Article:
The term “antibody”, as used herein, refers to an immunoglobulin molecule or an antigen-binding portion thereof. Examples of antigen-binding portions of immunoglobulin molecules include F(ab) and F(ab′)2 fragments, which retain the ability to bind antigens. The antibody can be polyclonal, monoclonal, recombinant, chimeric, de-immunized or humanized, fully human, non-human, (e.g., murine), or single chain antibody. In some embodiments, the antibody has effector function and can fix a complement. In some embodiments, the antibody has reduced or no ability to bind an Fc receptor. For example, the antibody can be an isotype or subtype, an antibody fragment or mutant, which does not support binding to an Fc receptor, e.g., it has a mutagenized or deleted Fc receptor binding region. The term antibody also includes an antigen-binding molecule based on tetravalent bispecific tandem immunoglobulins (TBTI) and/or a dual variable region antibody-like binding protein having cross-over binding region orientation (CODV).

The terms “fragment” or “antibody fragment” refer to a polypeptide derived from an antibody polypeptide molecule (e.g., an antibody heavy and/or light chain polypeptide) that does not comprise a full-length antibody polypeptide, but that still comprises at least a portion of a full-length antibody polypeptide that is capable of binding to an antigen. Antibody fragments can comprise a cleaved portion of a full length antibody polypeptide, although the term is not limited to such cleaved fragments. Antibody fragments that are useful in the present disclosure include, for example, Fab fragments, F(ab′)2 fragments, scFv (single-chain Fv) fragments, linear antibodies, monospecific or multispecific antibody fragments such as bispecific, trispecific, tetraspecific and multispecific antibodies (e.g., diabodies, triabodies, tetrabodies), monovalent or multivalent antibody fragments such as bivalent, trivalent, tetravalent and multivalent antibodies, minibodies, chelating recombinant antibodies, tribodies or bibodies, intrabodies, nanobodies, small modular immunopharmaceuticals (SMIP), binding-domain immunoglobulin fusion proteins, camelized antibodies, and VHH containing antibodies. Additional examples of antigen-binding antibody fragments are known in the art.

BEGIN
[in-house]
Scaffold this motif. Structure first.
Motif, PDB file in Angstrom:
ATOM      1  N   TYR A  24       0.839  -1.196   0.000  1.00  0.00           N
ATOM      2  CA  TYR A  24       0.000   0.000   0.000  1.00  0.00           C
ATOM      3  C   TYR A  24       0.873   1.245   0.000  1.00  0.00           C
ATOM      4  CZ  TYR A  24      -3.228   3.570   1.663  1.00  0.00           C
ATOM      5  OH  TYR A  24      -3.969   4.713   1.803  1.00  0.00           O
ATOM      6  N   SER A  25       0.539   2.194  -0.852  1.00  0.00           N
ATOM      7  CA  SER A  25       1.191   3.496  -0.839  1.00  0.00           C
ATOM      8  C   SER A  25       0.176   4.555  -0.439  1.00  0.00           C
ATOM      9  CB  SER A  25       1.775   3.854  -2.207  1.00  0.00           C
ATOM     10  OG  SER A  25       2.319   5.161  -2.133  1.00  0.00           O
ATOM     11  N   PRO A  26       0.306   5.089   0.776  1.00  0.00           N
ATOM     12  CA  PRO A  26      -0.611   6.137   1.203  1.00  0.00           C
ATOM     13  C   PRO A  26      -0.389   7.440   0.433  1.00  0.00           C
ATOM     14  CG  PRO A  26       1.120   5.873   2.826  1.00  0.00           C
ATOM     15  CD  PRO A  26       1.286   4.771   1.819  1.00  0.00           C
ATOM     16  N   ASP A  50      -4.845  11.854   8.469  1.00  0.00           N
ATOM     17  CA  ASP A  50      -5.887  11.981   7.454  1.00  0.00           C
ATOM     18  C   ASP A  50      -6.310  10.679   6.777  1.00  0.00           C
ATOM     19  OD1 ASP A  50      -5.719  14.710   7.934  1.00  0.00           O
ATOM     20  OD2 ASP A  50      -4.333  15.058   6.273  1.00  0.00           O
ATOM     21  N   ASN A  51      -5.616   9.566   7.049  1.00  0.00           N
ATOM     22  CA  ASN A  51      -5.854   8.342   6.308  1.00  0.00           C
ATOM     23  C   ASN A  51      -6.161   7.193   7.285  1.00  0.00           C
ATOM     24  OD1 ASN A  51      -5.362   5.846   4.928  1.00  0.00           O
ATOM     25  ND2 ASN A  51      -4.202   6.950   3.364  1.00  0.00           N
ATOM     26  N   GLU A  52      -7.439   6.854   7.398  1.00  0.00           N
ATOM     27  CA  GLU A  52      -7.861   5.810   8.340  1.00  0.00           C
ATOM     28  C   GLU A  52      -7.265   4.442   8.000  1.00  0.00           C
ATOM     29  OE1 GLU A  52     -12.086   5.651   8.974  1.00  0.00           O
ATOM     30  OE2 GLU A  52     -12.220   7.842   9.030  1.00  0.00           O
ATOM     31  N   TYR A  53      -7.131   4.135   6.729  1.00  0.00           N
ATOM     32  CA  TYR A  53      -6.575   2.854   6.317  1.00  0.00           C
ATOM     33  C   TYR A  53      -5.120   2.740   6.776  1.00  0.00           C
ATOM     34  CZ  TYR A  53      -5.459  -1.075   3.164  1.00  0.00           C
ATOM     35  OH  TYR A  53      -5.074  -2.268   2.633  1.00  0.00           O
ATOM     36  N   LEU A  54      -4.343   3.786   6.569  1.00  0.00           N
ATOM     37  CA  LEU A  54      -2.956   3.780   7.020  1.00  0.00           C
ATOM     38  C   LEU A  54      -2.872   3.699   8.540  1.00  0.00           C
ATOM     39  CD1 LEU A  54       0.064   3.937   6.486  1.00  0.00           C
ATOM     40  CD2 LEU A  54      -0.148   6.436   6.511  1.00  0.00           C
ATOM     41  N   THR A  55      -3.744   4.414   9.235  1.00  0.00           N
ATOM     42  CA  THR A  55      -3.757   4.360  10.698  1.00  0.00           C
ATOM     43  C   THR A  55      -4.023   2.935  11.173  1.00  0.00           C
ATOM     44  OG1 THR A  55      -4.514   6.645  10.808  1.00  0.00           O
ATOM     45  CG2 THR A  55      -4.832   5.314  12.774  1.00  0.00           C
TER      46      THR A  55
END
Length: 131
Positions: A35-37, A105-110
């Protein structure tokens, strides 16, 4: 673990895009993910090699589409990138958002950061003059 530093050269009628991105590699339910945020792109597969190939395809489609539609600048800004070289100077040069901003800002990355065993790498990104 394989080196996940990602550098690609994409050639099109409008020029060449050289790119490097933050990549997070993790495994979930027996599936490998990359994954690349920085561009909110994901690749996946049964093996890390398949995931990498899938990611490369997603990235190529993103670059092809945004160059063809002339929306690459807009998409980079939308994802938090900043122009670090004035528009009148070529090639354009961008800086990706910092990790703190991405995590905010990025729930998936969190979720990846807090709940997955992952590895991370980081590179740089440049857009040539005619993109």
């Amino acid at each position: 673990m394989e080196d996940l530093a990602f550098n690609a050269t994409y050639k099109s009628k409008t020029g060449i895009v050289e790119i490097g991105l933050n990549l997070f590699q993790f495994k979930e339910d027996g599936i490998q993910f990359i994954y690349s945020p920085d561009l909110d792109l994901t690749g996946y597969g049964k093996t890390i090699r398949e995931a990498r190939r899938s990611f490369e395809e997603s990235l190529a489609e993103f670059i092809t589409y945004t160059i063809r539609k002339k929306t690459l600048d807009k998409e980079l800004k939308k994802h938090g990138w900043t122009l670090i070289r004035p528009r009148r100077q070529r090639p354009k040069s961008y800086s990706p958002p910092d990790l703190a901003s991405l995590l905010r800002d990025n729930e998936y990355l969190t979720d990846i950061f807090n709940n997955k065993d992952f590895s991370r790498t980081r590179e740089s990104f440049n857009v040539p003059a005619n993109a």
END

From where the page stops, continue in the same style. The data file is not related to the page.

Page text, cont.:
The terms “Complementarity-determining region” or “CDR” refer to short polypeptide sequences within the variable region of both heavy and light chain polypeptides that are primarily responsible for mediating specific antigen recognition. The term “framework region” refers to amino acid sequences within the variable region of both heavy and light chain polypeptides that are not CDR sequences, and are primarily responsible for maintaining correct positioning of the CDR sequences to permit antigen binding. Although the framework regions themselves typically do not directly participate in antigen binding, as is known in the art, certain residues within the framework regions of certain antibodies can directly participate in antigen binding or can affect the ability of one or more amino acids in CDRs to interact with antigen.

Examples of antibodies are anti PCSK-9 mAb (e.g., Alirocumab), anti IL-6 mAb (e.g., Sarilumab), and anti IL-4 mAb (e.g., Dupilumab).

Pharmaceutically acceptable salts of any API described herein are also contemplated for use in a drug or medicament in a drug delivery device. Pharmaceutically acceptable salts are for example acid addition salts and basic salts.

Those of skill in the art will understand that modifications (additions and/or removals) of various components of the APIs, formulations, apparatuses, methods, systems and embodiments described herein may be made without departing from the full scope and spirit of the present invention, which encompass such modifications and any and all equivalents thereof.

Claims

1. (canceled)

2. A method of operating a medicament injection device having a rotatable cap and a releasable arrangement between a main body and the rotatable cap, wherein the releasable arrangement comprises a guide element and a slotted link, the method comprising:

rotating the rotatable cap such that the guide element of the releasable arrangement is able to move past a narrowed portion of the slotted link and to follow a predefined path at least partly in an axial direction during rotational movement of the rotatable cap, thereby causing a needle to move axially in a proximal direction and to penetrate a separable barrier of a medicament cartridge, as the rotatable cap is rotated up to a predefined point;
wherein the guide member is restricted from following the predefined path by the narrowed portion of the slotted link until the rotatable cap is rotated.